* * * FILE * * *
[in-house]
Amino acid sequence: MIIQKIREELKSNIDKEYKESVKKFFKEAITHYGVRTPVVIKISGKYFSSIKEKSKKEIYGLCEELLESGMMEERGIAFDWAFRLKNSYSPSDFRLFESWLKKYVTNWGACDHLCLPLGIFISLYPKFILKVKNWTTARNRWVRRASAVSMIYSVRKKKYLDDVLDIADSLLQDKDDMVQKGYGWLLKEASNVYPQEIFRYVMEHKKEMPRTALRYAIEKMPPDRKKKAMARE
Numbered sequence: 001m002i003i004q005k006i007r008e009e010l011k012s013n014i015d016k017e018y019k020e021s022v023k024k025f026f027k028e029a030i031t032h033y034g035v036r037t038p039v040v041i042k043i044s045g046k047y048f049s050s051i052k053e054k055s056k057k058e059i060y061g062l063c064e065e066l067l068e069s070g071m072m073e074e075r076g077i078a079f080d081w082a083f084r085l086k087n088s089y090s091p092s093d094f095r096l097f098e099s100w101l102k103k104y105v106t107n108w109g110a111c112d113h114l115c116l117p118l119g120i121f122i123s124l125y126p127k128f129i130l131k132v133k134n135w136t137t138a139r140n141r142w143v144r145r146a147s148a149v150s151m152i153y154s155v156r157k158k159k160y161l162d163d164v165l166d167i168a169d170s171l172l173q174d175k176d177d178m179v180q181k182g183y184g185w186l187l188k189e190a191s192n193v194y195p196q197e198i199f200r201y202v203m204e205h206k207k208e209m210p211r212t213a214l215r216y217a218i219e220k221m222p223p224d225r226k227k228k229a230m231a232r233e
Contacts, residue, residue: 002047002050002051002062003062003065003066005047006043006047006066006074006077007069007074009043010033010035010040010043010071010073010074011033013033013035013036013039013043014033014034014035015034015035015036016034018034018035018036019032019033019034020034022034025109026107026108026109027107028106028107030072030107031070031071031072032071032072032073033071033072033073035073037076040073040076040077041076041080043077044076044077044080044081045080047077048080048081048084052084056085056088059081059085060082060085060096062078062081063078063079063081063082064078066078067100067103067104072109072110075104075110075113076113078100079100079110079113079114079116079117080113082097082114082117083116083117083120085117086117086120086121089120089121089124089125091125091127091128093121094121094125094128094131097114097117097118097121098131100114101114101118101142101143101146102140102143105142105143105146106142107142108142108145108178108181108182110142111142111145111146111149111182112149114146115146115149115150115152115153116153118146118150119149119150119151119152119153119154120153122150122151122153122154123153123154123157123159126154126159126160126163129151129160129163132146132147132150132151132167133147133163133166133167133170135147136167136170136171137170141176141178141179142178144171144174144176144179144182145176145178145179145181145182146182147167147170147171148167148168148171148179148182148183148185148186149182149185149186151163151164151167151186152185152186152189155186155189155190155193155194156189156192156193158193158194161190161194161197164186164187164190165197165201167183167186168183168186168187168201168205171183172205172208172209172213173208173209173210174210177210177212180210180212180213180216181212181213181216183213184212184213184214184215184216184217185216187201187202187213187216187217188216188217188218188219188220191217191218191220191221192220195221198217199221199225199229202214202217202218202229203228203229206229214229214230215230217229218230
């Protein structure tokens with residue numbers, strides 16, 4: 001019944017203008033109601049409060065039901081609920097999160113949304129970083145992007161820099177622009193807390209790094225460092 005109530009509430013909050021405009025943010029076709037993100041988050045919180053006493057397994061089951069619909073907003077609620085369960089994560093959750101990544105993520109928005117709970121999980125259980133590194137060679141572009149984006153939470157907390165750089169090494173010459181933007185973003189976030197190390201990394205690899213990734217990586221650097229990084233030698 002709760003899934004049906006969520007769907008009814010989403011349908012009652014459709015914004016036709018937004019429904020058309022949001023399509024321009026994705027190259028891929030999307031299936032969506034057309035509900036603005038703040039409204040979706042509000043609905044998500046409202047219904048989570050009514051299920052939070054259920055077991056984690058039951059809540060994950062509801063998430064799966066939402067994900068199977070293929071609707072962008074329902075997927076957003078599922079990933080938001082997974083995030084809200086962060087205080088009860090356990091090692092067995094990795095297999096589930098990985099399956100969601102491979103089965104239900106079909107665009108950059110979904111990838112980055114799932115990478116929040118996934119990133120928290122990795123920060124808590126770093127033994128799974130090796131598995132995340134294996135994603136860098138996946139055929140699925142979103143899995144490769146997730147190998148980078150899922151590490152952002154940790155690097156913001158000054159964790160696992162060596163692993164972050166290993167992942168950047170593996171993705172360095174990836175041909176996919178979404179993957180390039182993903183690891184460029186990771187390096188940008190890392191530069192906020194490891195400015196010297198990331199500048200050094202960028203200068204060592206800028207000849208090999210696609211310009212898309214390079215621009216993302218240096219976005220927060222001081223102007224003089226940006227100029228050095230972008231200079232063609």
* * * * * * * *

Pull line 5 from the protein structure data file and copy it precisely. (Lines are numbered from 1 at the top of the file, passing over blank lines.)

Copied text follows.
């Protein structure tokens with residue numbers, strides 16, 4: 001019944017203008033109601049409060065039901081609920097999160113949304129970083145992007161820099177622009193807390209790094225460092 005109530009509430013909050021405009025943010029076709037993100041988050045919180053006493057397994061089951069619909073907003077609620085369960089994560093959750101990544105993520109928005117709970121999980125259980133590194137060679141572009149984006153939470157907390165750089169090494173010459181933007185973003189976030197190390201990394205690899213990734217990586221650097229990084233030698 002709760003899934004049906006969520007769907008009814010989403011349908012009652014459709015914004016036709018937004019429904020058309022949001023399509024321009026994705027190259028891929030999307031299936032969506034057309035509900036603005038703040039409204040979706042509000043609905044998500046409202047219904048989570050009514051299920052939070054259920055077991056984690058039951059809540060994950062509801063998430064799966066939402067994900068199977070293929071609707072962008074329902075997927076957003078599922079990933080938001082997974083995030084809200086962060087205080088009860090356990091090692092067995094990795095297999096589930098990985099399956100969601102491979103089965104239900106079909107665009108950059110979904111990838112980055114799932115990478116929040118996934119990133120928290122990795123920060124808590126770093127033994128799974130090796131598995132995340134294996135994603136860098138996946139055929140699925142979103143899995144490769146997730147190998148980078150899922151590490152952002154940790155690097156913001158000054159964790160696992162060596163692993164972050166290993167992942168950047170593996171993705172360095174990836175041909176996919178979404179993957180390039182993903183690891184460029186990771187390096188940008190890392191530069192906020194490891195400015196010297198990331199500048200050094202960028203200068204060592206800028207000849208090999210696609211310009212898309214390079215621009216993302218240096219976005220927060222001081223102007224003089226940006227100029228050095230972008231200079232063609």